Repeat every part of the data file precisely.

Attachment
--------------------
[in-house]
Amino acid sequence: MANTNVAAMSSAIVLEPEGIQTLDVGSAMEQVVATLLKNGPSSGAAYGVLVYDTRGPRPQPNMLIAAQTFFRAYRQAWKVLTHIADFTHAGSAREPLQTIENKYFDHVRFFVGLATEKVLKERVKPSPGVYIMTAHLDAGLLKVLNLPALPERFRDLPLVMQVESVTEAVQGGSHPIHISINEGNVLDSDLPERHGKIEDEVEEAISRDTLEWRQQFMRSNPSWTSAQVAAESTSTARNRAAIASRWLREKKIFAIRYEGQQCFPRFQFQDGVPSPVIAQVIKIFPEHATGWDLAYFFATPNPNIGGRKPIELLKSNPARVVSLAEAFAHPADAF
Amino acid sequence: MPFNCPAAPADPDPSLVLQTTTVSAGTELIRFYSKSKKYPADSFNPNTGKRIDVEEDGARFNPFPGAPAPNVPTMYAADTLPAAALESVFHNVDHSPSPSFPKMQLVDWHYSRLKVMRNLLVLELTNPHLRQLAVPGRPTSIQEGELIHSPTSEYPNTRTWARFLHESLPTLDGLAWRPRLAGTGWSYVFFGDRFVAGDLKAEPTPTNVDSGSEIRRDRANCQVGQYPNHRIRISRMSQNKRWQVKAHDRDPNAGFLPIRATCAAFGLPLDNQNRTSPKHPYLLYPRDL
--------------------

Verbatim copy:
[in-house]
Amino acid sequence: MANTNVAAMSSAIVLEPEGIQTLDVGSAMEQVVATLLKNGPSSGAAYGVLVYDTRGPRPQPNMLIAAQTFFRAYRQAWKVLTHIADFTHAGSAREPLQTIENKYFDHVRFFVGLATEKVLKERVKPSPGVYIMTAHLDAGLLKVLNLPALPERFRDLPLVMQVESVTEAVQGGSHPIHISINEGNVLDSDLPERHGKIEDEVEEAISRDTLEWRQQFMRSNPSWTSAQVAAESTSTARNRAAIASRWLREKKIFAIRYEGQQCFPRFQFQDGVPSPVIAQVIKIFPEHATGWDLAYFFATPNPNIGGRKPIELLKSNPARVVSLAEAFAHPADAF
Amino acid sequence: MPFNCPAAPADPDPSLVLQTTTVSAGTELIRFYSKSKKYPADSFNPNTGKRIDVEEDGARFNPFPGAPAPNVPTMYAADTLPAAALESVFHNVDHSPSPSFPKMQLVDWHYSRLKVMRNLLVLELTNPHLRQLAVPGRPTSIQEGELIHSPTSEYPNTRTWARFLHESLPTLDGLAWRPRLAGTGWSYVFFGDRFVAGDLKAEPTPTNVDSGSEIRRDRANCQVGQYPNHRIRISRMSQNKRWQVKAHDRDPNAGFLPIRATCAAFGLPLDNQNRTSPKHPYLLYPRDL